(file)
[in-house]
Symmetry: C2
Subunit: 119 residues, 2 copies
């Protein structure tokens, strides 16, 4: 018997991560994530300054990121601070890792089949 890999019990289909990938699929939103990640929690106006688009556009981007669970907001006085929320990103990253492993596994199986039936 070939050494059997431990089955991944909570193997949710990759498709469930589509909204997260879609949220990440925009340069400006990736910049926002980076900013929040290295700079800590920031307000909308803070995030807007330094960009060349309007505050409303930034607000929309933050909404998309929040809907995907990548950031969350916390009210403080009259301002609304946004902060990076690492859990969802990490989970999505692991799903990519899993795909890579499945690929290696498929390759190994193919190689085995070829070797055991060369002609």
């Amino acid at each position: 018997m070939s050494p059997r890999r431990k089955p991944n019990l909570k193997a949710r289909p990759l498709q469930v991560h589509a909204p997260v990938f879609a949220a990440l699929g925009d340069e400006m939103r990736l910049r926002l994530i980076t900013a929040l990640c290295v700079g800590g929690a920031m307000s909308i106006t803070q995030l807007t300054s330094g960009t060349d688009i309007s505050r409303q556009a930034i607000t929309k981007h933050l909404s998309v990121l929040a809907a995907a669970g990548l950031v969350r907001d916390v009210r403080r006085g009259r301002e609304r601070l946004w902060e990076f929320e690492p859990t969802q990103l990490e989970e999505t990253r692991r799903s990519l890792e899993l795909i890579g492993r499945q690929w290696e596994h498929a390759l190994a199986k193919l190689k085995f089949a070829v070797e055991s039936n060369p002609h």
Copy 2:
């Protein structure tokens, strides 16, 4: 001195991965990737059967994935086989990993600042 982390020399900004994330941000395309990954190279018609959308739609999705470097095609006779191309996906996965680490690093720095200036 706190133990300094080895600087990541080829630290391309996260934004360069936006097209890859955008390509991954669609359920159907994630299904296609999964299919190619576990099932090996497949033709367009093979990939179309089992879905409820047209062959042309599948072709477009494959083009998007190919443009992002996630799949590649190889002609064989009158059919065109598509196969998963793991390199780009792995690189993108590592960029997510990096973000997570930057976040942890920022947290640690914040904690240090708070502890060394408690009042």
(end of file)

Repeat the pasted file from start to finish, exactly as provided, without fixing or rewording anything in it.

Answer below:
[in-house]
Symmetry: C2
Subunit: 119 residues, 2 copies
């Protein structure tokens, strides 16, 4: 018997991560994530300054990121601070890792089949 890999019990289909990938699929939103990640929690106006688009556009981007669970907001006085929320990103990253492993596994199986039936 070939050494059997431990089955991944909570193997949710990759498709469930589509909204997260879609949220990440925009340069400006990736910049926002980076900013929040290295700079800590920031307000909308803070995030807007330094960009060349309007505050409303930034607000929309933050909404998309929040809907995907990548950031969350916390009210403080009259301002609304946004902060990076690492859990969802990490989970999505692991799903990519899993795909890579499945690929290696498929390759190994193919190689085995070829070797055991060369002609």
């Amino acid at each position: 018997m070939s050494p059997r890999r431990k089955p991944n019990l909570k193997a949710r289909p990759l498709q469930v991560h589509a909204p997260v990938f879609a949220a990440l699929g925009d340069e400006m939103r990736l910049r926002l994530i980076t900013a929040l990640c290295v700079g800590g929690a920031m307000s909308i106006t803070q995030l807007t300054s330094g960009t060349d688009i309007s505050r409303q556009a930034i607000t929309k981007h933050l909404s998309v990121l929040a809907a995907a669970g990548l950031v969350r907001d916390v009210r403080r006085g009259r301002e609304r601070l946004w902060e990076f929320e690492p859990t969802q990103l990490e989970e999505t990253r692991r799903s990519l890792e899993l795909i890579g492993r499945q690929w290696e596994h498929a390759l190994a199986k193919l190689k085995f089949a070829v070797e055991s039936n060369p002609h």
Copy 2:
């Protein structure tokens, strides 16, 4: 001195991965990737059967994935086989990993600042 982390020399900004994330941000395309990954190279018609959308739609999705470097095609006779191309996906996965680490690093720095200036 706190133990300094080895600087990541080829630290391309996260934004360069936006097209890859955008390509991954669609359920159907994630299904296609999964299919190619576990099932090996497949033709367009093979990939179309089992879905409820047209062959042309599948072709477009494959083009998007190919443009992002996630799949590649190889002609064989009158059919065109598509196969998963793991390199780009792995690189993108590592960029997510990096973000997570930057976040942890920022947290640690914040904690240090708070502890060394408690009042």